Predators have 2 eyes in front!

When people visit the farm one of the first things we talk about, before seeing the livestock, is how to interact with our cows and horses (& mini-horses).  We bred for temperament so we start out with fairly mellow livestock… but it’s important to understand where they, genetically, are coming from to avoid triggering survival instincts.

First Day on the Farm - Lady comes to Jim

These animals have historically been prey, i.e. food. They have developed some pretty strong instincts that allow them to survive in the wild. Animals (predators) that hunt them down have two eyes, that work together in front, that will stare at them!

Prey (future dinner meal) animals have eyes that look to the side and each eye actually works independently. One eye can look behind and the other can look ahead… almost 360 degree vision. AMAZING.  Their brains can make some sense out of this information. Safety & survival.

If your eyes are in front, you can’t see behind you or to the side very well, without turning your head.  But two eyes working together are better at judging distance, when you are in attack mode!

We had a cow who, I swear had surround vision! She could, with one eye, watch her food, and with the other eye, wait until we were in kicking range while milking. Grrr-r-r-r.

Predators also reach out with a stretched out open paw, claws extended, to attack. Guess what people automatically do? Reach up and out with extended fingers, to touch livestock on the head.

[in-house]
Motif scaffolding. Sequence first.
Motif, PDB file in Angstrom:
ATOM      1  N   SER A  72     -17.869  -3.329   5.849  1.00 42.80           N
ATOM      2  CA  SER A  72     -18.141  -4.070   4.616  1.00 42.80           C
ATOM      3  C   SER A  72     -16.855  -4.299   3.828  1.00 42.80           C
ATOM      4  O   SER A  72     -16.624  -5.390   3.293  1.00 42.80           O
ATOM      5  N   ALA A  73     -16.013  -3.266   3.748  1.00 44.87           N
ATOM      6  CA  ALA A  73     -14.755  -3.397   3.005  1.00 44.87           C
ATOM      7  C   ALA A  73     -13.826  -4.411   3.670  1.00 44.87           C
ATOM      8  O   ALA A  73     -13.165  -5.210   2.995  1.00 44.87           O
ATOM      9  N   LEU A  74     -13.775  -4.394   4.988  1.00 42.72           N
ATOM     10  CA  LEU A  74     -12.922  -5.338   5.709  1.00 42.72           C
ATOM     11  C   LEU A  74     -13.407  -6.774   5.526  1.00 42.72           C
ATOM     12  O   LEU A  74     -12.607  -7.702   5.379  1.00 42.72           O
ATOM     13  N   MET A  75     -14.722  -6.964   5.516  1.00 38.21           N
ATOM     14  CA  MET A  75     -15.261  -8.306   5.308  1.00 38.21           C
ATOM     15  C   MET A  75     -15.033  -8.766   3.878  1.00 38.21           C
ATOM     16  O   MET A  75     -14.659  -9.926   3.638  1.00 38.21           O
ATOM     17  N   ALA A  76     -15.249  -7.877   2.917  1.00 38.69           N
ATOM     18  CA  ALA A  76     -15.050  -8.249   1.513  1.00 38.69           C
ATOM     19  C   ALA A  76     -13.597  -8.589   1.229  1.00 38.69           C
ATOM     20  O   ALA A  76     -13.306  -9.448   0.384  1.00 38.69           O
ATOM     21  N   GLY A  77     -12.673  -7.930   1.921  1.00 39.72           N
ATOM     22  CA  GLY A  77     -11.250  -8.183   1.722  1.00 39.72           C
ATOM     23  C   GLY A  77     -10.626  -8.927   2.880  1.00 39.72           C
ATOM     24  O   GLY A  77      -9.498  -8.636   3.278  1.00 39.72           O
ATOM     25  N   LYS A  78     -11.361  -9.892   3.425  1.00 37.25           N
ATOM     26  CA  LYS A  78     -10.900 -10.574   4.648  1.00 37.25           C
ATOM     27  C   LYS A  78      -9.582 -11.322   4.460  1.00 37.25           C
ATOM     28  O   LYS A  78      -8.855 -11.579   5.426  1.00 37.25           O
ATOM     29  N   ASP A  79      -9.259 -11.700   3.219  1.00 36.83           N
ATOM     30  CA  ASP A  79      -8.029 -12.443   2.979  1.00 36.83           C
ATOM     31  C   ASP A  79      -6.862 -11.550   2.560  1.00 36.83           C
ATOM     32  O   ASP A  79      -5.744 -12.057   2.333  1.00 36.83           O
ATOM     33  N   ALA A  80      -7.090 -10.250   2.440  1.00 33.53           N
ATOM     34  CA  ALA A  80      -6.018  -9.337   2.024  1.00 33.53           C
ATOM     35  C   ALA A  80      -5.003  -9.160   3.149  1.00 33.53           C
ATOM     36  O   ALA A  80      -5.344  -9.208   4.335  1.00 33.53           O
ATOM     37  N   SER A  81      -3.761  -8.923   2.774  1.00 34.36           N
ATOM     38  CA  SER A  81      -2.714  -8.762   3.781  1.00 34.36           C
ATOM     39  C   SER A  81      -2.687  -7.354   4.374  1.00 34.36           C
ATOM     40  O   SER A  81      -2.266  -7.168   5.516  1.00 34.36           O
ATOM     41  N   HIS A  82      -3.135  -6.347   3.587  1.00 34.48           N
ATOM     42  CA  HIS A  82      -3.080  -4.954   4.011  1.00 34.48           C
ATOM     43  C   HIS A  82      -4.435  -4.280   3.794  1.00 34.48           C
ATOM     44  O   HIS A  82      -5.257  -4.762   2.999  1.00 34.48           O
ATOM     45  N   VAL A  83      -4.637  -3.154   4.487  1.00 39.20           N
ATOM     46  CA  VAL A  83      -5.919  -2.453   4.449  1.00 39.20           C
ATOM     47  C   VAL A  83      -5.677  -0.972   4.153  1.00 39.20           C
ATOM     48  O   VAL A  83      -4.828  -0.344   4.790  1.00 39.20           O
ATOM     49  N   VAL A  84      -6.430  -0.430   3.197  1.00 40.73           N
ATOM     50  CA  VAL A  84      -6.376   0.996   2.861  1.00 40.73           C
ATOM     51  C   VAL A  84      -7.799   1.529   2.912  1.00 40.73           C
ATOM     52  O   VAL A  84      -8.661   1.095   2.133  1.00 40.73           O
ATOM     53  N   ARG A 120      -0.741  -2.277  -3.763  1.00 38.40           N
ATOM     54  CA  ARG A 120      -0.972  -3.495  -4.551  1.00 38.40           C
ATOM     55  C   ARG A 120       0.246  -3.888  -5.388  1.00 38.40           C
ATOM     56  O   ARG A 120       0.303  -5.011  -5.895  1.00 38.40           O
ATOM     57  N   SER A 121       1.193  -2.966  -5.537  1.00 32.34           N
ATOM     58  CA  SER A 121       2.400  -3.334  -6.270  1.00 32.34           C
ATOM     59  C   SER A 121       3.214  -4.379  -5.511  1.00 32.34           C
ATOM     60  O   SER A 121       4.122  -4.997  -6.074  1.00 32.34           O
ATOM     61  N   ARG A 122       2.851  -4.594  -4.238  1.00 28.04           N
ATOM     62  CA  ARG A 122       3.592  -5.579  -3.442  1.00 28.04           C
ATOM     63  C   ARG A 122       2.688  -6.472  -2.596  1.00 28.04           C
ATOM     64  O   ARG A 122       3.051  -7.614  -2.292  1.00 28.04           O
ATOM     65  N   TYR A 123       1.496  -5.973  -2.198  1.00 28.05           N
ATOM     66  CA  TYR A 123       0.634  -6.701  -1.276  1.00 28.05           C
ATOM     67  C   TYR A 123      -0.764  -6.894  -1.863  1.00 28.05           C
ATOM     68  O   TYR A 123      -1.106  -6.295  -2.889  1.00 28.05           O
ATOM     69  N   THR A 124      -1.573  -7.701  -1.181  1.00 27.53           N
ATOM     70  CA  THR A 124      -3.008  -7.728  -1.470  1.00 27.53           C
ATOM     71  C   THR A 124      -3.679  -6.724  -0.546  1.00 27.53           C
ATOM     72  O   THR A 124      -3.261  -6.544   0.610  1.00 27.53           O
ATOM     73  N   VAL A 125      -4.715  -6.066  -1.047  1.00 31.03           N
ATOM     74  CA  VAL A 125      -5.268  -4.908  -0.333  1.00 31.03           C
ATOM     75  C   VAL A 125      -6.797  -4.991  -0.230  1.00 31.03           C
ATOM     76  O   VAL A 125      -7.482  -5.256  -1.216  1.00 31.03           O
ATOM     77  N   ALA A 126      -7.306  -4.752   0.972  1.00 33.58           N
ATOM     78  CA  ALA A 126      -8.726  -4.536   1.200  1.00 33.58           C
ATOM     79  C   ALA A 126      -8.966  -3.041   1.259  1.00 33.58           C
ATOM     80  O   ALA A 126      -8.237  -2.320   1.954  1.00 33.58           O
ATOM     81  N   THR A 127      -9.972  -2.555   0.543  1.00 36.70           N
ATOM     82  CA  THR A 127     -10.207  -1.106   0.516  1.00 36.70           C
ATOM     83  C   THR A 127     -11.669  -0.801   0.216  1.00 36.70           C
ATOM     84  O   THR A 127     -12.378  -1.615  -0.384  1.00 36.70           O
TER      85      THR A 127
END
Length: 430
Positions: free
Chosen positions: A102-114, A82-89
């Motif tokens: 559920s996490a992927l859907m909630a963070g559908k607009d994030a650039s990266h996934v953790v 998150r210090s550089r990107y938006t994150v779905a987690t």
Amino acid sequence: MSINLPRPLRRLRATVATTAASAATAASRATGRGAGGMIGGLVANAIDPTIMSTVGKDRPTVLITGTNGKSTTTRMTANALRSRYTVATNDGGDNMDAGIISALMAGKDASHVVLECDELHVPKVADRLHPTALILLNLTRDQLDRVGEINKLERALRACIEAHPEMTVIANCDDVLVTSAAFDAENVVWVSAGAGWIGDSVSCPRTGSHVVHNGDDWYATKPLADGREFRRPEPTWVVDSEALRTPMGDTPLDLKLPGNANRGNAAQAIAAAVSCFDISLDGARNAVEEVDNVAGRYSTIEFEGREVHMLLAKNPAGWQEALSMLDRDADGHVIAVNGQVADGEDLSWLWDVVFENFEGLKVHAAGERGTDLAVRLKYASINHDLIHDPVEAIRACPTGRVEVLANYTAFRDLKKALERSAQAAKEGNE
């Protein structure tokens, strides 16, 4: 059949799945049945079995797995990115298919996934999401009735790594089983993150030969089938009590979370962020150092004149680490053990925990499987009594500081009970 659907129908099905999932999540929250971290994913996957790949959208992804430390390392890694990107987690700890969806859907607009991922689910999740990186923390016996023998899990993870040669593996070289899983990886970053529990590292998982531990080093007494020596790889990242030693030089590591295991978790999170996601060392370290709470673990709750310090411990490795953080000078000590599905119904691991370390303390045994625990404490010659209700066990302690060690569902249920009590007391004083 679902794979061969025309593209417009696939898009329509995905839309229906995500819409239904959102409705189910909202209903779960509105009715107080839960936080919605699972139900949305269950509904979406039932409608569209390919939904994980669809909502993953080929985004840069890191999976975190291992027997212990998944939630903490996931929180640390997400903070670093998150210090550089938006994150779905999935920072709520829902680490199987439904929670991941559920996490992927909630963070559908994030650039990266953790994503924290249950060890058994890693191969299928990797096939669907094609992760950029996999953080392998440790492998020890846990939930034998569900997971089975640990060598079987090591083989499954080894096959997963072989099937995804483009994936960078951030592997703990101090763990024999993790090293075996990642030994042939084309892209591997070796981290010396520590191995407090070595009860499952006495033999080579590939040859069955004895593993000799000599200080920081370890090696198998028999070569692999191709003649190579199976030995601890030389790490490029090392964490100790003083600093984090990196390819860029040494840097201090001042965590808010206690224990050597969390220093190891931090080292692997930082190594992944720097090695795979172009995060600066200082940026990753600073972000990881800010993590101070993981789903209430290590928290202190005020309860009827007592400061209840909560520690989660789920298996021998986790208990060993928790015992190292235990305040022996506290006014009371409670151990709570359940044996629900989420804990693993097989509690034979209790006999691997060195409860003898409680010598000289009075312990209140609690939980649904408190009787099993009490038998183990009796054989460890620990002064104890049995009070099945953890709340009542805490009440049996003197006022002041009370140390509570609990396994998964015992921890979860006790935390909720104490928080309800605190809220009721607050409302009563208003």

Prey animals are very sensitive to certain movements that humans make so we try to decrease their stress by encouraging visitors to do several things. Our goal is to make “socializing” positive for both sides, human and animal.


One, don’t look directly at the animal (with both eyes) until they have been introduced to you. When


looking directly at them (with both eyes) look away occasionally, to take the stress off them. I’ll turn my head slightly, so they can only see one eye.

I still do this with a “new mom” as she may be extra nervous with a newborn calf at her side.

Two, don’t reach up and out with an open hand, to touch the animal.  Put your hand out down low, with the back of your hand showing (fingers tucked away)… and let the animal reach out to you and sniff your hand.  THEN you can turn your hand over, and touch them. They can be incredibly sensitive & gentle with their muzzles.

Three, talk quietly, slowly, and in low tones. High pitched tones come from bobcats, etc!

Four, move slowly, and give them time to adjust to where you are moving to. ALWAYS let them know, quietly, if you are directly behind them to avoid spooking them. (They cannot see directly behind themselves.) FAST movements are perceived as a threat (predator after them).

Using these techniques works well.  The other interesting thing.. you don’t actually have to go directly up to the animal.  If you stand or sit still, they will come to you. They are incredibly curious and as long as they don’t perceive you as a threat… they will want to meet YOU.

Teasing Chocolate… being a bad boy!

Our Cocker Spaniel, Mick, loves to play with the new calf.  He thinks it’s HIS new playmate.  But mom has other ideas.  Because Mick has front eyes, moves quickly, and makes “attack” movements, she see’s him as a threat to her baby (despite knowing him since he was born!).

He’s making a nervous wreak out of our new mom. Poor Mick… he get’s put on a leash so that he will NOT tease Chocolate.  He’s only allowed to go out “under supervision”!

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